Ass body 1970s kitchen updating perfect

How to Turn Ugly 80s Cabinets into a Contemporary Farmhouse Kitchen

Note from the author/renovator: I put this site up about three years ago as a hobby. I've never commercialized anything on it. As a dayjob, I run a small marketing company based in Toronto, Ontario called Billet Marketing Inc. 

With very infrequent updates, this site gets thousands of unique visitors every month, mostly for this page. I guess there are a lot of people with these ugly 80s cabinets. 

This site is a passion project. I have another passion project on the go that I'd love to share with you. Textattle is a FREE Android app currently in development that will help curb texting and driving. Like FrugalFixer.com it's not a commercial venture, just a labor of love. We're currently running an IndieGoGo campaign to finance the development of the app. If you're willing to help, it would be greatly appreciated;
Visit our site at www.textattle.com to learn more. Now, on to the kitchen...

Our house was built in 1929, and like most 80 year old houses, it's undergone more than a few renos over the years.  The kitchen was most recently updated in the late 1980s, and spoke to the aesthetic sensibilities of the era.  I can almost see a Pontiac Fiero pulling up outside of the kitchen window, and my popped-collar 80s self getting out to proudly brandish Van Halen tickets.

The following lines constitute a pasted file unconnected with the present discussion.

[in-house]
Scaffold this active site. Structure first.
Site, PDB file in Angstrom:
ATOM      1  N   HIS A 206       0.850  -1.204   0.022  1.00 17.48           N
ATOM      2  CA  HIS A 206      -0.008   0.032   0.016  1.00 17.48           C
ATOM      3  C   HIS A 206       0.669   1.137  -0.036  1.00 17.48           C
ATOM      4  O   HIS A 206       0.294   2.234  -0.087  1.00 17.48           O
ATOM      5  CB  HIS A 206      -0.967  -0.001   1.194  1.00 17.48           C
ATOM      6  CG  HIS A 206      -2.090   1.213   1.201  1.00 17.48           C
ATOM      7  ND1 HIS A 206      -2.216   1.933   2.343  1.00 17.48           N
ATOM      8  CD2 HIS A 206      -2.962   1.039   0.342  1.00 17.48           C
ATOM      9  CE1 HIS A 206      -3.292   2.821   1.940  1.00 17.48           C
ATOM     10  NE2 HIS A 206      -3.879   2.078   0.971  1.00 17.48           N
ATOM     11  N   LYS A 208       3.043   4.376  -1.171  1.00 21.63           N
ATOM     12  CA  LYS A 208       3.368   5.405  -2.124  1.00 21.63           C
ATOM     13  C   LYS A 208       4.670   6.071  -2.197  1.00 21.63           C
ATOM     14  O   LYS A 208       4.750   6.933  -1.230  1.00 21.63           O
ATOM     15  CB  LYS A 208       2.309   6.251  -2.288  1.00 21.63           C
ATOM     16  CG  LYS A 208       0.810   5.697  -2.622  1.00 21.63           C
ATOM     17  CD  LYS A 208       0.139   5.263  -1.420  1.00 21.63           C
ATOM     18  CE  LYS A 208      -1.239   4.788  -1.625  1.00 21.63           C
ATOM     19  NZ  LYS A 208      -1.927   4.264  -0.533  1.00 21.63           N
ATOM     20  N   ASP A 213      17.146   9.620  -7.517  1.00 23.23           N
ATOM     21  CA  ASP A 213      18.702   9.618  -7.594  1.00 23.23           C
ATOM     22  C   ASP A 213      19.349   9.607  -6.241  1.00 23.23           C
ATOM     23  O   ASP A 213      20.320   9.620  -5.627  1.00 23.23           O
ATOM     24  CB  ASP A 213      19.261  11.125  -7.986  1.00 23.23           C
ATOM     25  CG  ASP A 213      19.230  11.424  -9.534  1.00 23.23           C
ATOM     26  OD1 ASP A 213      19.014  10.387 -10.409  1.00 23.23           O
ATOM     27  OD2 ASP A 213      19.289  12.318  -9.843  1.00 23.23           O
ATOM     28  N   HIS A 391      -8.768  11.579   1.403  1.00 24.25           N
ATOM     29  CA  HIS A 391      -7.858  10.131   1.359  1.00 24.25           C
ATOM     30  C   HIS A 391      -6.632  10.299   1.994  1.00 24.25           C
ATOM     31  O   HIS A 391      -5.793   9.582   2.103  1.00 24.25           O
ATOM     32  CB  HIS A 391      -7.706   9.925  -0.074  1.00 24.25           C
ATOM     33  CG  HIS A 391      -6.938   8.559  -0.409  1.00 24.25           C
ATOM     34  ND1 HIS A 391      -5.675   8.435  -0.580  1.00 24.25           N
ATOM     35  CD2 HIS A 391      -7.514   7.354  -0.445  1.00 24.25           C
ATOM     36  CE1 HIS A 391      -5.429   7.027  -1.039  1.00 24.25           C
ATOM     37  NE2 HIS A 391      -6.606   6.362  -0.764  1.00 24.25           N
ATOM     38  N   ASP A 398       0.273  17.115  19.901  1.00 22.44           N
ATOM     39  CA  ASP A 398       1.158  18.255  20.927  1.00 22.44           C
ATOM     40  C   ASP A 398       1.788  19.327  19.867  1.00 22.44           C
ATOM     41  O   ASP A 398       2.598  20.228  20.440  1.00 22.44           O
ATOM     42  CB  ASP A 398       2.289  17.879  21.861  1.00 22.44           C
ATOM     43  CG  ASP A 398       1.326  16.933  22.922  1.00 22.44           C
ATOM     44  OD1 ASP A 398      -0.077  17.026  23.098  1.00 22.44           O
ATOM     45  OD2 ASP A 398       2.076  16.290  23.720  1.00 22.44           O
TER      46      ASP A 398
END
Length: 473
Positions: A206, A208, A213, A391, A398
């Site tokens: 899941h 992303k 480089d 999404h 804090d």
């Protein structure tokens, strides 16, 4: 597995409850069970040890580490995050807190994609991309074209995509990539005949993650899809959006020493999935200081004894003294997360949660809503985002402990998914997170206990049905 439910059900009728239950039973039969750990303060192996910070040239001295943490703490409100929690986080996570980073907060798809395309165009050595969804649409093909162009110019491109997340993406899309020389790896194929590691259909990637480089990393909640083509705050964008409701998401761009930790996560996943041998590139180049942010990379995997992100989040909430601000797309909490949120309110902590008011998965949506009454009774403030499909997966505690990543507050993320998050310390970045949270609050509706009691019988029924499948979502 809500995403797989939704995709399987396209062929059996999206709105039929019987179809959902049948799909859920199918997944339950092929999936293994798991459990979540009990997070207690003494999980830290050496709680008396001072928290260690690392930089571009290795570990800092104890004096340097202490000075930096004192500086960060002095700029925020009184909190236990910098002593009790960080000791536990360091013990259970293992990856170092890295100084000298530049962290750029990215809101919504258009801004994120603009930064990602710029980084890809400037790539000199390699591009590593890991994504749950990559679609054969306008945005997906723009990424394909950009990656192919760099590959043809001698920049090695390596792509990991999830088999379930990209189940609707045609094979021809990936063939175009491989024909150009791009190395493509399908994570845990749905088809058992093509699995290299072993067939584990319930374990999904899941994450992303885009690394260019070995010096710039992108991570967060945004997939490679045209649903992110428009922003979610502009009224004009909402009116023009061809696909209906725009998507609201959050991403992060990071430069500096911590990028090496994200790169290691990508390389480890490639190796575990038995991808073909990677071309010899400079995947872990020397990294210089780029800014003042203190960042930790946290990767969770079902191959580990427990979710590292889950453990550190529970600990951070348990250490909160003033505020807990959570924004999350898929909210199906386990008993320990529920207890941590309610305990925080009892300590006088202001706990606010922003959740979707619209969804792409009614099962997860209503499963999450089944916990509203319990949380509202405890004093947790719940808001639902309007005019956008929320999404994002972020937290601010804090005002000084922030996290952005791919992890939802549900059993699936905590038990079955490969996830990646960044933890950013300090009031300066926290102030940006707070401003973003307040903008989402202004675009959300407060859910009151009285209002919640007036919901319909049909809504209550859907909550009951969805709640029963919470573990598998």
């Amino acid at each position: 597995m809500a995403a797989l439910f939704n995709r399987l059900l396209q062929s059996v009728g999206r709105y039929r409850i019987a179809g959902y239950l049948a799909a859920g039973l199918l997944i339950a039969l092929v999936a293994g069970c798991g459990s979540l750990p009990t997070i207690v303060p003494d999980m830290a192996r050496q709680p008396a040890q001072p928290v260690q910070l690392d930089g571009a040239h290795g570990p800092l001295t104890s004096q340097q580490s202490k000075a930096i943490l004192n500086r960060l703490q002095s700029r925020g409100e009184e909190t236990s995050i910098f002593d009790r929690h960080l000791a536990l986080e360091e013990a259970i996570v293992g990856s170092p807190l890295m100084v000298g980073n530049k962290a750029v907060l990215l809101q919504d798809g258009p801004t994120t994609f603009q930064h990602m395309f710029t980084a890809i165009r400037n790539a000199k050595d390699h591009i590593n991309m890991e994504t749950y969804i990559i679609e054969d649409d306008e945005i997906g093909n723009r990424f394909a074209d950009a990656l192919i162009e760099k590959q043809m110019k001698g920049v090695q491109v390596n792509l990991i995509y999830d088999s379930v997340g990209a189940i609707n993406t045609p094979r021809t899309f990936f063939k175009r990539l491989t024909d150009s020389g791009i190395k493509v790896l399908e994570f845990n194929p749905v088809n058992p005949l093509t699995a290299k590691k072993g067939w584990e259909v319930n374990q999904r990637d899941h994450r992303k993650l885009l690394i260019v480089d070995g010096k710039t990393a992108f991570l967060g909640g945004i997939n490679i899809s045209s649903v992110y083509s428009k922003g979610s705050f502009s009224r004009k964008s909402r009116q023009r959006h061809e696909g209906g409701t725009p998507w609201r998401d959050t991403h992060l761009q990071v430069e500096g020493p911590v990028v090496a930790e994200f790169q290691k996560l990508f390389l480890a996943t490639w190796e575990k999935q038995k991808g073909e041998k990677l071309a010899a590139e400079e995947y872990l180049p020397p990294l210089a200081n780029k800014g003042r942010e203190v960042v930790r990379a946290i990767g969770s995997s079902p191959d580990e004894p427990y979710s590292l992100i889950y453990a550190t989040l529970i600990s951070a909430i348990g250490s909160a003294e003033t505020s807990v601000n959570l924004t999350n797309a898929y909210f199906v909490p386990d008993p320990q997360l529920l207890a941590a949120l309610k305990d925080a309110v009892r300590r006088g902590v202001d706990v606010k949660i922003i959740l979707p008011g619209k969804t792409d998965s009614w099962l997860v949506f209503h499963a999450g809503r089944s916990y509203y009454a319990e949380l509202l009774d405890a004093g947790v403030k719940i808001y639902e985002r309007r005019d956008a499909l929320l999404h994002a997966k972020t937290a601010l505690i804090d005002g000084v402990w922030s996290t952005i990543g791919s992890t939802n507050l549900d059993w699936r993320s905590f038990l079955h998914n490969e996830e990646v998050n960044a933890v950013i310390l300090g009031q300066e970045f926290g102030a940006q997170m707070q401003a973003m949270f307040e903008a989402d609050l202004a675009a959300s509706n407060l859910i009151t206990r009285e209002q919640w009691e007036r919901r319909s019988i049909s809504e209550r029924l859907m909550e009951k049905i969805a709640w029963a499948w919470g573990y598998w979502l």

We were lucky in some respects because the backsplash tiles and flooring were fairly inoffensive, meaning that a reno didn't need to include the cost or effort of replacing them.

The counter top on the other hand was disgusting; missing chunks of arborite, badly stained, and very dated-looking.  The sink had somehow managed to warp over the years, and there was a 1/2" gap between it and the counter top.  This created a great place for gross stuff to accumulate. 

Aside from their ugliness, the cabinets themselves were in decent shape, and just needed a re-facing.  There are companies out there that will do this kind of re-face for you, but they will typically measure and build new doors at a cost of $25-50 per door, while the old doors are sent to the landfill.  This is more frugal and environmentally friendly than a total gut, but I wanted to save even more money, and didn't mind investing the sweat equity.  It always seems wasteful to me to throw away perfectly good wood when it's still functional, simply because its appearance hasn't kept pace with the times.  So, I decided to transform the kitchen using the existing cabinets, doors, backsplash, and flooring.  I concentrated on re-facing the doors to give them a contemporary Skaker appearance, which would be good aesthetic match to the farmhouse sink my wife wanted.  Here's how I transformed our kitchen from 80s eyesore to modern classic, for less than $3,000 including the cost of high-quality granite counter tops, a porcelain farmhouse sink, new faucet, and island/prep area.  

Here's how it looks now, and how I did it:

Click on the Gallery Images Below for the (mostly) Step-by-Step Instructions.